Hedwig and the Angry Inch
Watching the big-screen adaptation of the off-Broadway hit Hedwig and the Angry Inch, you're likely to recoil at what the titular post-op German transsexual has going on below her belt. No, I'm not referring to the anatomical remnant of her botched sex-change operation, which the rocker boasts about, Bowie-style, in a rave-up titled "Angry Inch." In fact, in this post-Boogie Nights climate, it's a bit of a cop out that the audience is never treated to even a peek at the mangled member.
What I'm referring to is the Hedwig's propensity for donning acid-washed jeans and other trashy fashion faux pas, including her Farrah Fawcett-esque rain-gutter coiffure and her midriff-baring slash Ts. Unlike most of what John Cameron Mitchell's invigorating, intoxicating musical has to offer, I'm praying that Hedwig's truck stop-honey aesthetic won't catch on.
Hedwig, played by writer/director Mitchell, comes on strong almost immediately. The film opens at a chain restaurant (by setting her gigs in a series of identical seafood restaurants, the film seems to be poking fun at its own static staginess). Hedwig and an androgynous band of Eastern European misfits take the stage and belt out a bold, rollicking ode to strength and survival ("Tear Me Down"). In between numbers (written and arranged by Stephen Trask) and/or gigs, the acerbically witty Hedwig describes her odyssey from gentle, glam rock-loving Berlin schoolboy to genitally disfigured Kansas trailer tart to an "internationally ignored song stylist," all with the deadpan jadedness of a less strung-out Nico.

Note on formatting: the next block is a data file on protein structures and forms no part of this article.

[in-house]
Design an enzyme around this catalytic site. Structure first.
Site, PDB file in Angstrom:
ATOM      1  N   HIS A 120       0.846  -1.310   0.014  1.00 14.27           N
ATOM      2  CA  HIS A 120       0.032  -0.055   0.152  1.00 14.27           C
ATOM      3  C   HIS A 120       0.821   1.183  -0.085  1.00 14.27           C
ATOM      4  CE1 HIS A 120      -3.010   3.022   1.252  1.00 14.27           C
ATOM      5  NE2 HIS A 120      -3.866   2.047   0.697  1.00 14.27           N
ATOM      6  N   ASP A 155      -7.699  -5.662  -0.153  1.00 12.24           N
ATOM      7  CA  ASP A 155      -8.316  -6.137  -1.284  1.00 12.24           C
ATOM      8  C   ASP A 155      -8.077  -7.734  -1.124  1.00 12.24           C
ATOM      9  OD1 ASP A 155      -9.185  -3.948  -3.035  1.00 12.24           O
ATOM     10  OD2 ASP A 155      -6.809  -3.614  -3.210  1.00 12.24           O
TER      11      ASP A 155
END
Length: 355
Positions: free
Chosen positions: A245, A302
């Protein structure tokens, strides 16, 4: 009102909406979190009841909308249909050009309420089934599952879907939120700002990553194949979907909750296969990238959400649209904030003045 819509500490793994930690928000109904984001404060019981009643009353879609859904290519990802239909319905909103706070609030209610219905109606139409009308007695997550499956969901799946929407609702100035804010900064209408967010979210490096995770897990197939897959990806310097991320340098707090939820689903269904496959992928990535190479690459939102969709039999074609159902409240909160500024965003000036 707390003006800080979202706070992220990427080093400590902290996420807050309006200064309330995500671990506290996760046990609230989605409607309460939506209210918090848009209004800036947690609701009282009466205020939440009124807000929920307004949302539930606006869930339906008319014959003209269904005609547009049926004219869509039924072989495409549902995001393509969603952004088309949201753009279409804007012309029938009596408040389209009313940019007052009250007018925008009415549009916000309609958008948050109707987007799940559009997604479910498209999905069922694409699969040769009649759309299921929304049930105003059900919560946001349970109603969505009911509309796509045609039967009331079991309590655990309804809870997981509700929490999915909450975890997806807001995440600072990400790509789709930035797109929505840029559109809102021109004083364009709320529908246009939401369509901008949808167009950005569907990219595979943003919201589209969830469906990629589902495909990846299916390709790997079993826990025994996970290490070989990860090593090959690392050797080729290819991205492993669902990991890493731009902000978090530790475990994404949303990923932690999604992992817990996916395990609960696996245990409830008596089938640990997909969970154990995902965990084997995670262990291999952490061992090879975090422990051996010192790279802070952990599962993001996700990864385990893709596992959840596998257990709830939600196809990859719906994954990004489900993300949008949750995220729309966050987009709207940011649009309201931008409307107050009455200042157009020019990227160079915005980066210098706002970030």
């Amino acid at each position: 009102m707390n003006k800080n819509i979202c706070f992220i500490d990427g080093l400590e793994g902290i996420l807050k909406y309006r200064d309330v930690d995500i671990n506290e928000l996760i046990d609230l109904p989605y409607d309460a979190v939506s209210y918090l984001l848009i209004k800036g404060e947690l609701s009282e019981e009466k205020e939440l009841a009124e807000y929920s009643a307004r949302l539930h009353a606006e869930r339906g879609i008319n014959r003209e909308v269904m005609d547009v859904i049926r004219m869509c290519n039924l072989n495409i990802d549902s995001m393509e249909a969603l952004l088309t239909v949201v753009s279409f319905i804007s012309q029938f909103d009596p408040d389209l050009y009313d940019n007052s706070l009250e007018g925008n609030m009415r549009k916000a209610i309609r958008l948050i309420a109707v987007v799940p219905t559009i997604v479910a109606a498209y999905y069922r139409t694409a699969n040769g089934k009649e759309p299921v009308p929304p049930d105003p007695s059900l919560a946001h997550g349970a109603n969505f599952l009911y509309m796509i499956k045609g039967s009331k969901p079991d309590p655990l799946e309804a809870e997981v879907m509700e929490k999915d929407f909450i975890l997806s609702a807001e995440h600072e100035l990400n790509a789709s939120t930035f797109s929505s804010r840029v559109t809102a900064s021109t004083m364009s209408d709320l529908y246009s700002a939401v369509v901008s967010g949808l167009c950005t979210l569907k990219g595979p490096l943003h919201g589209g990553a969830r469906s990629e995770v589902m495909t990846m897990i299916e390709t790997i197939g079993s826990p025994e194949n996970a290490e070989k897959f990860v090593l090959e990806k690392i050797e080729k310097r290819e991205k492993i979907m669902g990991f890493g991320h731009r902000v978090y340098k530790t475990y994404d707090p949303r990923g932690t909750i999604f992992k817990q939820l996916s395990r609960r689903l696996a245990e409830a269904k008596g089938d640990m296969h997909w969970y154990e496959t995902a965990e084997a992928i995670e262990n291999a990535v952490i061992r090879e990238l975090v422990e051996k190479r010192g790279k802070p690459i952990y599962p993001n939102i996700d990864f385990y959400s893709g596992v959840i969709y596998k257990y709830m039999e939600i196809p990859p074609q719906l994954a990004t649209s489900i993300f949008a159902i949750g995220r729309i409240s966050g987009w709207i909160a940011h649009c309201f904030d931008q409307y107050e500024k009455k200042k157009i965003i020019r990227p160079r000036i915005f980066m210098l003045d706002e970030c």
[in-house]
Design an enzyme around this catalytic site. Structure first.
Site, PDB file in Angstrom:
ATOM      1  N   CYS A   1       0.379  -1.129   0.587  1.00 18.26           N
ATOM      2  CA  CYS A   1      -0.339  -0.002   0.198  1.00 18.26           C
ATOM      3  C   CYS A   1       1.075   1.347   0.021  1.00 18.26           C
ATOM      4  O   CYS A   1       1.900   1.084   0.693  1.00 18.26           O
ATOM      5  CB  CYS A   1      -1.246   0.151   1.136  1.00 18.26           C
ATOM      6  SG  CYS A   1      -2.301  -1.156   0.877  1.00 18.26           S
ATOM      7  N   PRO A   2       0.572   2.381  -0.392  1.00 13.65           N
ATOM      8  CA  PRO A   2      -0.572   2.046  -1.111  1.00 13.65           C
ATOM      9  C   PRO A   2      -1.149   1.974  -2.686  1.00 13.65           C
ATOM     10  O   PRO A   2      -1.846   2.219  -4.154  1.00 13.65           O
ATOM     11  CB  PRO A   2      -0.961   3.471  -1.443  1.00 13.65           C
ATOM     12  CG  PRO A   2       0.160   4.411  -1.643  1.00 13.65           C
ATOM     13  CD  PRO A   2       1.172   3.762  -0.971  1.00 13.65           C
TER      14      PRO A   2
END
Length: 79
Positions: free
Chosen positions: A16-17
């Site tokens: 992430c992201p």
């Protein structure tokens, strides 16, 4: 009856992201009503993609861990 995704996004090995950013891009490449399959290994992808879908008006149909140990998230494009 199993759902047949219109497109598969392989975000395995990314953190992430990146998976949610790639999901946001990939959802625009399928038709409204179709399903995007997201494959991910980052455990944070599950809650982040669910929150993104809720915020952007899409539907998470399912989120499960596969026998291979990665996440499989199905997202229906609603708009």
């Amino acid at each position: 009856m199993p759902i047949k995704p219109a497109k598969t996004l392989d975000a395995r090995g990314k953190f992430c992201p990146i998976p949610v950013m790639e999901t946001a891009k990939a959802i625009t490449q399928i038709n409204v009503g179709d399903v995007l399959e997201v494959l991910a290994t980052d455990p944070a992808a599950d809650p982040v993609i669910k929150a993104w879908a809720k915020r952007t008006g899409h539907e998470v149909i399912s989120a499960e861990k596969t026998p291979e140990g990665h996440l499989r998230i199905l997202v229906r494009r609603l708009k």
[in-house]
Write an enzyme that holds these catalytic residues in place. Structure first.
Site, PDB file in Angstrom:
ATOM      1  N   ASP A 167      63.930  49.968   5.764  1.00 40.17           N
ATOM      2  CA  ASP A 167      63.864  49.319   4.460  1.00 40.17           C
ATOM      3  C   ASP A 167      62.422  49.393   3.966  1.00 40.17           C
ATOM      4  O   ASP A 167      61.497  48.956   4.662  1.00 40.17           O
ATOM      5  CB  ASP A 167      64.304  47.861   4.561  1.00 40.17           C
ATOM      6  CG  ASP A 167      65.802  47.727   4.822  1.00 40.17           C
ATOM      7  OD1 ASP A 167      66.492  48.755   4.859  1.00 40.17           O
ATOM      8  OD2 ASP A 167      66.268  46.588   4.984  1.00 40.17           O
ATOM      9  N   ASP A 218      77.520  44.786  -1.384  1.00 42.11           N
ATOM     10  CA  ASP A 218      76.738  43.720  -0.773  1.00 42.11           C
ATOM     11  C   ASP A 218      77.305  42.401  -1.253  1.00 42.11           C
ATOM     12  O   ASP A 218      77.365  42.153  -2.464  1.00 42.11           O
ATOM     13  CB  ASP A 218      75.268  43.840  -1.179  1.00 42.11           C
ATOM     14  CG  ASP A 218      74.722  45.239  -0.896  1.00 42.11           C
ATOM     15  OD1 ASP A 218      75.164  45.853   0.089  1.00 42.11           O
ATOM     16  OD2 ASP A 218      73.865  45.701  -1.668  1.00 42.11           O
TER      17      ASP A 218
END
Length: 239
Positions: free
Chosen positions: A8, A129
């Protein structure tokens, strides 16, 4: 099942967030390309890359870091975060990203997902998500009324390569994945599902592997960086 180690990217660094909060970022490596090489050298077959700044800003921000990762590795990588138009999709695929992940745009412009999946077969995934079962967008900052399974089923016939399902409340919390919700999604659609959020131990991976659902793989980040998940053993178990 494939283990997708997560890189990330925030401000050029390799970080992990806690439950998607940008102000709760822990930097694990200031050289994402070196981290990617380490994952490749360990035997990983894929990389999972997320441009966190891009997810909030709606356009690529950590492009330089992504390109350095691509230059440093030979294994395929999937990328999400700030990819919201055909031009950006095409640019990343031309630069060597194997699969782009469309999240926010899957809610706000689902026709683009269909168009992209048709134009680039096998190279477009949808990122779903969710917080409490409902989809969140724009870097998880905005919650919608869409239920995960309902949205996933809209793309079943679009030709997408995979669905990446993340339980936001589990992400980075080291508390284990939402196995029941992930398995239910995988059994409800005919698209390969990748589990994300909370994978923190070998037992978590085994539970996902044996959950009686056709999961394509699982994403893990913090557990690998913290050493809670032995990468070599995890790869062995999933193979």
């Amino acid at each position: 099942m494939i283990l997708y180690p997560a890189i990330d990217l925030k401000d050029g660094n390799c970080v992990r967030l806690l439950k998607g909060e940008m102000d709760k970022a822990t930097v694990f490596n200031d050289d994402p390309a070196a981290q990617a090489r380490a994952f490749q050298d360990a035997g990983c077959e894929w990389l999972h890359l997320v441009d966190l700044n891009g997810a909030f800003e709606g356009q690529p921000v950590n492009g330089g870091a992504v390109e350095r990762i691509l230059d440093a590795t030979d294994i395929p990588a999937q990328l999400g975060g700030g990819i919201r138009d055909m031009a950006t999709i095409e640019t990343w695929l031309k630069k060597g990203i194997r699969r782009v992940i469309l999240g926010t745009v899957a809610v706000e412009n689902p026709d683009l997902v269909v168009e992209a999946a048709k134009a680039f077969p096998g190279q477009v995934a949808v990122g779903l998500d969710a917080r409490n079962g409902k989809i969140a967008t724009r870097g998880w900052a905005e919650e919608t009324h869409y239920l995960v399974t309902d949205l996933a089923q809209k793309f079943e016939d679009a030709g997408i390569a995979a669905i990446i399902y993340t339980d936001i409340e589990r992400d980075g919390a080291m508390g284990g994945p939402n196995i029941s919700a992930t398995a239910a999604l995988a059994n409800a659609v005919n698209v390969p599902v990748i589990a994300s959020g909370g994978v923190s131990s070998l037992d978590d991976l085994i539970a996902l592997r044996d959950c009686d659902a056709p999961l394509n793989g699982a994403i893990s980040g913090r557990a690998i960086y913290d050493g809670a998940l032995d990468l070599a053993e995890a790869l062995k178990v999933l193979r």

On the advice of band manager Phyllis Stein (SCTV's Andrea Martin), Hedwig and company's touring schedule dogs that of teen alt-rock sensation Tommy Gnosis (Michael Pitt), Hedwig's former lover and protégé, who stole her songs and made them hits. While Hedwig ponders heartbreak, betrayal, and her gender-identity crisis, her bandmates contemplate even cheesier gigs in the entertainment biz, which threatens to break up the band.
In this Behind the Music-saturated culture, where most rock 'n' roll scandal is passé, Angry Inch's story isn't all that novel. And the film loses some emotional ground thanks to Hedwig's silly co-dependency issues with Tommy--why wreck your life over someone half your age and not nearly as worldly? But overall, this glittery, lively paean to drag, transformation, identity, and self-acceptance is not only resonant but perfectly pitched.